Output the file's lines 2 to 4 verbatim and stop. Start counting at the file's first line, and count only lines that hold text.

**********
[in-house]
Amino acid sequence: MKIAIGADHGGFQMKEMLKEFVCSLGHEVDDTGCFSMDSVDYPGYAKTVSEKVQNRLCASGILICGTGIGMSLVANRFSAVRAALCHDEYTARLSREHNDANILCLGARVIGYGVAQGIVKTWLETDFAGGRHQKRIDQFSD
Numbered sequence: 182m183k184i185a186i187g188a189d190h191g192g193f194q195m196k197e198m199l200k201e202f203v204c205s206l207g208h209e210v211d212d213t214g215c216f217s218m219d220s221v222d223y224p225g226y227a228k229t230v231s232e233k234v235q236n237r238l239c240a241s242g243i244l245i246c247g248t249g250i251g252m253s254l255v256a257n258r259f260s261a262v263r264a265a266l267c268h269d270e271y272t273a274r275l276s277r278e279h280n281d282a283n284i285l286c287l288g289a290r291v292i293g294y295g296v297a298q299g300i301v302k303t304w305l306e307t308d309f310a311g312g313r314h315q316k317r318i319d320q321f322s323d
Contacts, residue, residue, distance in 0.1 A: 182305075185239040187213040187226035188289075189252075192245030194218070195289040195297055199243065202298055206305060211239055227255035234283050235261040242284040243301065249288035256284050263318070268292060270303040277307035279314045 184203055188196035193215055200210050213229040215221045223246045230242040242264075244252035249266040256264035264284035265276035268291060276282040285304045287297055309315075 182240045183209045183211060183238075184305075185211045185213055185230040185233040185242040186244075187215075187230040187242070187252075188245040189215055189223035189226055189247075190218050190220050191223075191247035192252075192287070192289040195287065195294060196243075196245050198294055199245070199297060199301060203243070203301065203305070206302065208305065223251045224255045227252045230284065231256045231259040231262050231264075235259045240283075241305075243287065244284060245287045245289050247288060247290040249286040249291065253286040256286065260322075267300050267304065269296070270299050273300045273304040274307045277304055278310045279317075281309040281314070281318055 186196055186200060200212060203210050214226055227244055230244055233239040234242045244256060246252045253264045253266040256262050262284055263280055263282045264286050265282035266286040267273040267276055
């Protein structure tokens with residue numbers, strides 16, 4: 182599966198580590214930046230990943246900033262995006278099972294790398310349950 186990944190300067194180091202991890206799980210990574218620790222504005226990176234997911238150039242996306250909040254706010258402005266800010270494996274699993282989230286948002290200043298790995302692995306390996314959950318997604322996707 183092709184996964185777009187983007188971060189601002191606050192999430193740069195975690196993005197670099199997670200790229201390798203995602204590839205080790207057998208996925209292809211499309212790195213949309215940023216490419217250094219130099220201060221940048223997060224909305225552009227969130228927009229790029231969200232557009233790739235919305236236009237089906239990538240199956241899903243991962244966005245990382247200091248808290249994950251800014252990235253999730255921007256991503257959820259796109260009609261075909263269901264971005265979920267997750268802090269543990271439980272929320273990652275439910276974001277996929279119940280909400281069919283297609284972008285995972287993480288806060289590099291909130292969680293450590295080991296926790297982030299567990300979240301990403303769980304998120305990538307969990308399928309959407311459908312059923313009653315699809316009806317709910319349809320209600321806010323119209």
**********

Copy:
Amino acid sequence: MKIAIGADHGGFQMKEMLKEFVCSLGHEVDDTGCFSMDSVDYPGYAKTVSEKVQNRLCASGILICGTGIGMSLVANRFSAVRAALCHDEYTARLSREHNDANILCLGARVIGYGVAQGIVKTWLETDFAGGRHQKRIDQFSD
Numbered sequence: 182m183k184i185a186i187g188a189d190h191g192g193f194q195m196k197e198m199l200k201e202f203v204c205s206l207g208h209e210v211d212d213t214g215c216f217s218m219d220s221v222d223y224p225g226y227a228k229t230v231s232e233k234v235q236n237r238l239c240a241s242g243i244l245i246c247g248t249g250i251g252m253s254l255v256a257n258r259f260s261a262v263r264a265a266l267c268h269d270e271y272t273a274r275l276s277r278e279h280n281d282a283n284i285l286c287l288g289a290r291v292i293g294y295g296v297a298q299g300i301v302k303t304w305l306e307t308d309f310a311g312g313r314h315q316k317r318i319d320q321f322s323d
Contacts, residue, residue, distance in 0.1 A: 182305075185239040187213040187226035188289075189252075192245030194218070195289040195297055199243065202298055206305060211239055227255035234283050235261040242284040243301065249288035256284050263318070268292060270303040277307035279314045 184203055188196035193215055200210050213229040215221045223246045230242040242264075244252035249266040256264035264284035265276035268291060276282040285304045287297055309315075 182240045183209045183211060183238075184305075185211045185213055185230040185233040185242040186244075187215075187230040187242070187252075188245040189215055189223035189226055189247075190218050190220050191223075191247035192252075192287070192289040195287065195294060196243075196245050198294055199245070199297060199301060203243070203301065203305070206302065208305065223251045224255045227252045230284065231256045231259040231262050231264075235259045240283075241305075243287065244284060245287045245289050247288060247290040249286040249291065253286040256286065260322075267300050267304065269296070270299050273300045273304040274307045277304055278310045279317075281309040281314070281318055 186196055186200060200212060203210050214226055227244055230244055233239040234242045244256060246252045253264045253266040256262050262284055263280055263282045264286050265282035266286040267273040267276055